Deutsch: Schlafstörung / Español: Trastorno del Sueño / Português: Distúrbio do Sono / Français: Trouble du Sommeil / Italiano: Disturbo del Sonno

In the context of psychology, a sleep disorder refers to conditions that affect the quality, timing, or duration of sleep, significantly impacting a person's overall health, mood, and ability to function.

General Description

Sleep disorders encompass a wide range of problems associated with sleeping, including difficulties falling or staying asleep (insomnia), excessive sleepiness (hypersomnia), disturbances in the sleep-wake cycle, and abnormal behaviors during sleep (such as sleepwalking). These disorders can have profound psychological impacts, contributing to stress, depression, and anxiety, and can also be a symptom or consequence of other psychological issues.

Application Areas

Sleep disorders are relevant in various psychological fields:

  • Clinical Psychology: Treatment often involves cognitive-behavioral therapy for insomnia (CBT-I), which addresses behaviors and thoughts that affect sleep.
  • Health Psychology: Focuses on the interplay between sleep and overall health, promoting better sleep habits as part of a holistic approach to health.
  • Neuropsychology: Studies the brain mechanisms underlying sleep and the effects of sleep disorders on cognitive functions.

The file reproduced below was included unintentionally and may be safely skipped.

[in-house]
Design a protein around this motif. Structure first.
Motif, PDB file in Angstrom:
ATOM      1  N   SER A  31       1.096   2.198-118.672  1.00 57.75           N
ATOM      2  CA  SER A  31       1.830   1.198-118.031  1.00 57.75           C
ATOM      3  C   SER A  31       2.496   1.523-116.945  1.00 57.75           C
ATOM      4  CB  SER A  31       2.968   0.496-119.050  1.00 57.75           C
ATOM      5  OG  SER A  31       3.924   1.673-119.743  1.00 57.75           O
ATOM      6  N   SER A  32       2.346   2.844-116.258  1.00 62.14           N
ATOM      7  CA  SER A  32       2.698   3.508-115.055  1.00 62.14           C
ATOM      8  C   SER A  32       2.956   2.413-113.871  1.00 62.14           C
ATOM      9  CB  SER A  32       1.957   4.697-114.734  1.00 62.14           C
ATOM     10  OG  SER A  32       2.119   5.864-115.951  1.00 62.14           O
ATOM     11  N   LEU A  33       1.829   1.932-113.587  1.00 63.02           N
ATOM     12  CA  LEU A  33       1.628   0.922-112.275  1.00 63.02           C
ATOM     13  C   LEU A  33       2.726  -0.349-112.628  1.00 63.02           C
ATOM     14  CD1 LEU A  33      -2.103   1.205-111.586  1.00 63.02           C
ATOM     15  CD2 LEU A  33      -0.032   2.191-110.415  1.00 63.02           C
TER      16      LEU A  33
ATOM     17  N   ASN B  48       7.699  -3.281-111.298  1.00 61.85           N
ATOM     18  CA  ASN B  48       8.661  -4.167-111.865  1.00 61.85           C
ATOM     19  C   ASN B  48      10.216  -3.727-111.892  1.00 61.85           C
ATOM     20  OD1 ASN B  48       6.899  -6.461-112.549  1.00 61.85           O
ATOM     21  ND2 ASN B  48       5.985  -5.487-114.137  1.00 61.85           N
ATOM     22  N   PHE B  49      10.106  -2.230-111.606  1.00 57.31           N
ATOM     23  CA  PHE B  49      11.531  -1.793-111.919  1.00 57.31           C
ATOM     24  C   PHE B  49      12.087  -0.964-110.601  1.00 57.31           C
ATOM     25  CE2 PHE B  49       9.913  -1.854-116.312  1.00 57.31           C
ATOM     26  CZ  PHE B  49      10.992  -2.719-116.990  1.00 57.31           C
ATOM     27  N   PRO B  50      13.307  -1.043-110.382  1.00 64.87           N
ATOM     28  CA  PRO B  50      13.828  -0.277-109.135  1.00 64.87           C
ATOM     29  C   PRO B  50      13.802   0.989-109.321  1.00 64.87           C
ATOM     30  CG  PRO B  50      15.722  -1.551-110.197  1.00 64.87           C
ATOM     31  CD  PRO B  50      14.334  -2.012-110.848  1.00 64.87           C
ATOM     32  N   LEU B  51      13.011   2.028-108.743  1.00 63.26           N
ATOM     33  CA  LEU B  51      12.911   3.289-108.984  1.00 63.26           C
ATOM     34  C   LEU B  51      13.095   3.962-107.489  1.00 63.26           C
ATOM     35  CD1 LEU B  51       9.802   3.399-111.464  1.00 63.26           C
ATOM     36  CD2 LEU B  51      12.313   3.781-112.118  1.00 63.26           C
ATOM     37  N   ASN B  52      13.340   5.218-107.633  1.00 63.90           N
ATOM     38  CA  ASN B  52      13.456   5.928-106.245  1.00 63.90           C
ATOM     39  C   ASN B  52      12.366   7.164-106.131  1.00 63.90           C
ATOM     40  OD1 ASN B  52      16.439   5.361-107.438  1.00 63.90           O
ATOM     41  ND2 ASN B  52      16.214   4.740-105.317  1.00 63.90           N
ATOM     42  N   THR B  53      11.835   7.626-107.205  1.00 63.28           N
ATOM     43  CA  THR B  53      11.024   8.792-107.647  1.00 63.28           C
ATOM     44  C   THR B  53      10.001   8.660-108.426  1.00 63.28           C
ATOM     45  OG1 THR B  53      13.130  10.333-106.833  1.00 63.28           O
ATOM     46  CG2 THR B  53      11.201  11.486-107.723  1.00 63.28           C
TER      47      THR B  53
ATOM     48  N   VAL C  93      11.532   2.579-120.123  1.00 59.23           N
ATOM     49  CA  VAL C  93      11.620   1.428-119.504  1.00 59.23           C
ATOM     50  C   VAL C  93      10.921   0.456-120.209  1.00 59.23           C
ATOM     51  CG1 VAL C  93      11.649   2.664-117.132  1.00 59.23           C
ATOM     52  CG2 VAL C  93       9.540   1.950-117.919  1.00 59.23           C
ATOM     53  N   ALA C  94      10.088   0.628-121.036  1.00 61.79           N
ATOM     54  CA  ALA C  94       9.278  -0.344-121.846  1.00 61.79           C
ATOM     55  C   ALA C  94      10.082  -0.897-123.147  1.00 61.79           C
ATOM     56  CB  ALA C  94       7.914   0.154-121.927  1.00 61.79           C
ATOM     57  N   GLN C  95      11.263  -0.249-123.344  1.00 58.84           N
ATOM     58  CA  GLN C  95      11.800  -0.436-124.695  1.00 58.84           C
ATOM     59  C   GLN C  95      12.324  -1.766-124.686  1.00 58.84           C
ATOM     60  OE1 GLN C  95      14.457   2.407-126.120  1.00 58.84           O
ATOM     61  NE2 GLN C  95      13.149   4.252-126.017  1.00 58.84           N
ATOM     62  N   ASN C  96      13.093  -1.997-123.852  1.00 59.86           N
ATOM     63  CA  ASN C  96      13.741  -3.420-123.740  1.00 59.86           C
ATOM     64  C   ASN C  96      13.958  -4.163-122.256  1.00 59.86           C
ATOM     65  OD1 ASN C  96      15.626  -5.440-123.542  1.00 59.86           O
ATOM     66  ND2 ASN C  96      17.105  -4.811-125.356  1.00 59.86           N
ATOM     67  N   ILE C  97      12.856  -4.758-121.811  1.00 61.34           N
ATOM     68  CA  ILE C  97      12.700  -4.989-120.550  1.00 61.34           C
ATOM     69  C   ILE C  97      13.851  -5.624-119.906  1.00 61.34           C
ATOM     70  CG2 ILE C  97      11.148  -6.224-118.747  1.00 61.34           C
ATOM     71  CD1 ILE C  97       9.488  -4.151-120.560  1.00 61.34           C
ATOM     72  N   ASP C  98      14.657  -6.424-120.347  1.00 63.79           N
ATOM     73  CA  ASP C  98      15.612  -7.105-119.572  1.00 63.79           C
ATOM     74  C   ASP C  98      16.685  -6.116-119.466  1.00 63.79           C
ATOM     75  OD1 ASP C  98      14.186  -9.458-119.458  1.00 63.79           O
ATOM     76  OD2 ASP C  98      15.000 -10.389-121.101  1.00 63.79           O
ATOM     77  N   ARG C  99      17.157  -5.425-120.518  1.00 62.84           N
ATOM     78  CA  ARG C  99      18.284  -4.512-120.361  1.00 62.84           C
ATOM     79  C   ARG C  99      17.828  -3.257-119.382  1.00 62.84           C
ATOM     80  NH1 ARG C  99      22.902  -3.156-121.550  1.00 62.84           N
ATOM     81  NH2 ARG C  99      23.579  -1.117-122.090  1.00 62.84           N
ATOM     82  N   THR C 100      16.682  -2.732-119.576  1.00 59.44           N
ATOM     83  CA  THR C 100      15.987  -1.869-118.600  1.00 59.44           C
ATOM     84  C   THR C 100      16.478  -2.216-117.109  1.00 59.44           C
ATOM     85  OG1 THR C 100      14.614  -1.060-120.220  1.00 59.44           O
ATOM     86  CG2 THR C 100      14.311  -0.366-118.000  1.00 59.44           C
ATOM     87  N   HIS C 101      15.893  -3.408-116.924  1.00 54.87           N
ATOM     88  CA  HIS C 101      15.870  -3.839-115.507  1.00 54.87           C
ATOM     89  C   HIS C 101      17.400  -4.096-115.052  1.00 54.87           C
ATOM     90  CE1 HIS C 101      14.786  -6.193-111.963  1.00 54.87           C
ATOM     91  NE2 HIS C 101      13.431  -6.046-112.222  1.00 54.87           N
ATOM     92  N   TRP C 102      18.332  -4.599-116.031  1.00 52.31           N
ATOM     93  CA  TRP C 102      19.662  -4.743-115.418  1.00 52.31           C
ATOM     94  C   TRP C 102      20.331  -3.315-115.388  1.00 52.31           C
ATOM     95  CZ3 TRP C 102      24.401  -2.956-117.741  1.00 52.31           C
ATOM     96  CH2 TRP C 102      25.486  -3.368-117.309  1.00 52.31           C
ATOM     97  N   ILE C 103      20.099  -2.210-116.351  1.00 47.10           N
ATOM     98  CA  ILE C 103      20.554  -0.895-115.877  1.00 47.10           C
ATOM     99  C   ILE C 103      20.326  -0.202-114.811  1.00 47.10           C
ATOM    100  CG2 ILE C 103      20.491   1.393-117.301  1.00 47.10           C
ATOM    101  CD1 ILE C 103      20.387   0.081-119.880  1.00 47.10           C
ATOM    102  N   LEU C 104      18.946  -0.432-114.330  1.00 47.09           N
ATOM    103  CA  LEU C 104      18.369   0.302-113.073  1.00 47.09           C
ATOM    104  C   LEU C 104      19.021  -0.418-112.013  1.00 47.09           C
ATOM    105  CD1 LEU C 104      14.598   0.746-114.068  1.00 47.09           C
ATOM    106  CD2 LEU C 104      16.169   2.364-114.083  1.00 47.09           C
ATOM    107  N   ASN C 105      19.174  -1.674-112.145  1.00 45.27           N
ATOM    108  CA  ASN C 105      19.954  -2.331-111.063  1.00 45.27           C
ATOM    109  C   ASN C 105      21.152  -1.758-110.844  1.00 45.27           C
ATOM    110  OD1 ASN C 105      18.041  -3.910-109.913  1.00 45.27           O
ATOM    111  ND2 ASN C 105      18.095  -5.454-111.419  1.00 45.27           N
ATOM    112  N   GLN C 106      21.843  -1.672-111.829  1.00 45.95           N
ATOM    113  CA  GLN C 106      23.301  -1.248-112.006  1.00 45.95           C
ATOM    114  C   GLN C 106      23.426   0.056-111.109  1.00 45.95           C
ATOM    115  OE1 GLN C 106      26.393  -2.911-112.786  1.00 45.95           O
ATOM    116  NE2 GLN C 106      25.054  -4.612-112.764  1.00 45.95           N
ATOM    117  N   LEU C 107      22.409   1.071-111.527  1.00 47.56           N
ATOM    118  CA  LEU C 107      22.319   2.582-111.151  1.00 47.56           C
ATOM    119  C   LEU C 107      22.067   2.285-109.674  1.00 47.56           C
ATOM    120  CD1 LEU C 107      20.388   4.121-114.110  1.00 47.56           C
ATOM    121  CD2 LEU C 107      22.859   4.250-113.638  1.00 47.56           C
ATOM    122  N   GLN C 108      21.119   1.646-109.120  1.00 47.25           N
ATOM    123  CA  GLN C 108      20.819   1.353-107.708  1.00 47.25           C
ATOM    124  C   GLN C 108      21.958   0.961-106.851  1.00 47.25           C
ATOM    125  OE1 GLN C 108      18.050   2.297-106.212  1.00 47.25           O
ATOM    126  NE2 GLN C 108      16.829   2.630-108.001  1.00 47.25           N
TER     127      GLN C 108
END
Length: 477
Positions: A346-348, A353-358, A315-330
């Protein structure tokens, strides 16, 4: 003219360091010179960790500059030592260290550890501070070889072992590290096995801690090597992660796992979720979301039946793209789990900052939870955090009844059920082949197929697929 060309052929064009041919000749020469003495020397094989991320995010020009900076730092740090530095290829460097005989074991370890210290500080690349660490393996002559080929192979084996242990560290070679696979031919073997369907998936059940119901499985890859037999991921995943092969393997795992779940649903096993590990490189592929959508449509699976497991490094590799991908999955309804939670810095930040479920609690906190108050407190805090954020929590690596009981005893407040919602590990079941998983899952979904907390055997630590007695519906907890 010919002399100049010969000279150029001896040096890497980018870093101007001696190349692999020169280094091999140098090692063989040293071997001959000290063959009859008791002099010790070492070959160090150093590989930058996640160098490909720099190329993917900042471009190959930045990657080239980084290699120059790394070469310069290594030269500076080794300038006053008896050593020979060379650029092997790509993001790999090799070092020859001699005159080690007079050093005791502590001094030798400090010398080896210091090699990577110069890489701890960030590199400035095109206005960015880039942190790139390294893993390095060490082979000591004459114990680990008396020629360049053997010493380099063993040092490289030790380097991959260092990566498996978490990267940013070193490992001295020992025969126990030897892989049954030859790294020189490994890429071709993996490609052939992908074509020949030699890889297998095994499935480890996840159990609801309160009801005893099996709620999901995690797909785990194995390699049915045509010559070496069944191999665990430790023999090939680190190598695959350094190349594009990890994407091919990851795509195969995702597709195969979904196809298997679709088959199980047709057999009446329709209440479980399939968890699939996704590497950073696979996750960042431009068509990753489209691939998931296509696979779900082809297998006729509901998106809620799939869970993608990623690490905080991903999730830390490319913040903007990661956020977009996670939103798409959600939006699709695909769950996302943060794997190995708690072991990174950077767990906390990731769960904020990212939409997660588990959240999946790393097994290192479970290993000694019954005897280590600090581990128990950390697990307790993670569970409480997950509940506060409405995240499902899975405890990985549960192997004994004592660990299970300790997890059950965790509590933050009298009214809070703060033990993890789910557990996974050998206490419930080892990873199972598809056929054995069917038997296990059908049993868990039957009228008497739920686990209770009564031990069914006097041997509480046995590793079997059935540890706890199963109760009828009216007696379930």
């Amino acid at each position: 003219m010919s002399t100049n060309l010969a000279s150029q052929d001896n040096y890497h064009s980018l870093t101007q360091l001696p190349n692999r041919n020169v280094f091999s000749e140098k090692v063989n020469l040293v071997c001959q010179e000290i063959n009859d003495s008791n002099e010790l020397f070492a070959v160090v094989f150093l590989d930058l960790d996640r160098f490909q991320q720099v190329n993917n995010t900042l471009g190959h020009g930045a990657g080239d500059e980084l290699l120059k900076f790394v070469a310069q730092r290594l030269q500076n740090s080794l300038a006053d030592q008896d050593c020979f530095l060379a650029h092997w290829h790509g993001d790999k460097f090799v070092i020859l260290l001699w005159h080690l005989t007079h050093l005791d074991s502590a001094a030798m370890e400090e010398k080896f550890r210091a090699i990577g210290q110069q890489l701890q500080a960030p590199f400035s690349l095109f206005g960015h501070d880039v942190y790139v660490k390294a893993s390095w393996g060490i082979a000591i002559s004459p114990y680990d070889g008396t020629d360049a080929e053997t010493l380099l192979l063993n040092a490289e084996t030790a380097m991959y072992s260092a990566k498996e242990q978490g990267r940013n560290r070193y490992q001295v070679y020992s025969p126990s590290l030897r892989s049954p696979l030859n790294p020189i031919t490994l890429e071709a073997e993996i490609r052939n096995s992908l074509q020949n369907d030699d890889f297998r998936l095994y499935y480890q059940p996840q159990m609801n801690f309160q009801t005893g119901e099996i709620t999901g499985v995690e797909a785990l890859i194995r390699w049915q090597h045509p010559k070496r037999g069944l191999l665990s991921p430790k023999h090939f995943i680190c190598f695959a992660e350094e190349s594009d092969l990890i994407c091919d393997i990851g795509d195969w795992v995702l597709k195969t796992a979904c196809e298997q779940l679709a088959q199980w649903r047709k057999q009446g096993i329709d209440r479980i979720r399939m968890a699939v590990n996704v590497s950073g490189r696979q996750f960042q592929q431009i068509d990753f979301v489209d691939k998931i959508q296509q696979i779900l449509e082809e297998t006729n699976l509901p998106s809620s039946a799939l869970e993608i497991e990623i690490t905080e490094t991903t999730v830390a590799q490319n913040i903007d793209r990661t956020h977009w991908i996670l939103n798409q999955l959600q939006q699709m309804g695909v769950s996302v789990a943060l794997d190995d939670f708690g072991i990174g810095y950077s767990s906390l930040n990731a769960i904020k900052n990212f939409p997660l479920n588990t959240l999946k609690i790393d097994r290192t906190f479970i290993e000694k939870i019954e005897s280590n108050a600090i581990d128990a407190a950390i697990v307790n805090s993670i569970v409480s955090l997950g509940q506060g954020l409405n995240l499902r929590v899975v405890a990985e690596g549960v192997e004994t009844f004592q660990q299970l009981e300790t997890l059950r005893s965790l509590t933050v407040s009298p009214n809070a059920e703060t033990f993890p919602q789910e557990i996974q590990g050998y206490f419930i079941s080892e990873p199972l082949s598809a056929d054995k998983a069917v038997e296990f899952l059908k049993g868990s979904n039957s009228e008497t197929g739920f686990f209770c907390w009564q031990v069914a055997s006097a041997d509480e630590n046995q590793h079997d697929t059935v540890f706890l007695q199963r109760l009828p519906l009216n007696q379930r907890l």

Well-Known Examples

One well-known sleep disorder is obstructive sleep apnea, which involves repeated breathing interruptions during sleep. This condition not only affects physical health but also leads to significant daytime fatigue and cognitive impairments, affecting psychological well-being.

Treatment and Risks

Treatment for sleep disorders varies depending on the type and severity of the disorder but may include behavioral therapy, medication, and lifestyle changes. Psychological interventions, particularly those targeting stress and habits related to sleep hygiene, are crucial. The risks of untreated sleep disorders include impaired cognitive function, mood disorders, and decreased quality of life.

Similar Terms

Related terms include "insomnia," "sleep apnea," and "narcolepsy," which specify particular types of sleep disturbances.

Weblinks

Articles with 'Sleep Disorder' in the title

  • Breathing-related sleep disorder: breathing-related sleep disorder refers to sleep disruption leading to excessive sleepiness or insomnia, caused by a breathing problem such as interrupted breathing or sleep Apnea or labored breathing or hypoventilation- Other /More definit . . .
  • Circadian rhythm sleep disorder: Circadian rhythm sleep disorder refers to a sleep disturbance resulting in sleepiness or insomnia, caused by the body’s inability to synchronize its sleep patterns with the current pattern of day and night

Summary

In psychology, sleep disorders are recognized for their significant impact on mental and emotional health. Effective management often requires a combination of psychological and medical interventions to address both the symptoms and the underlying causes of sleep disturbances.

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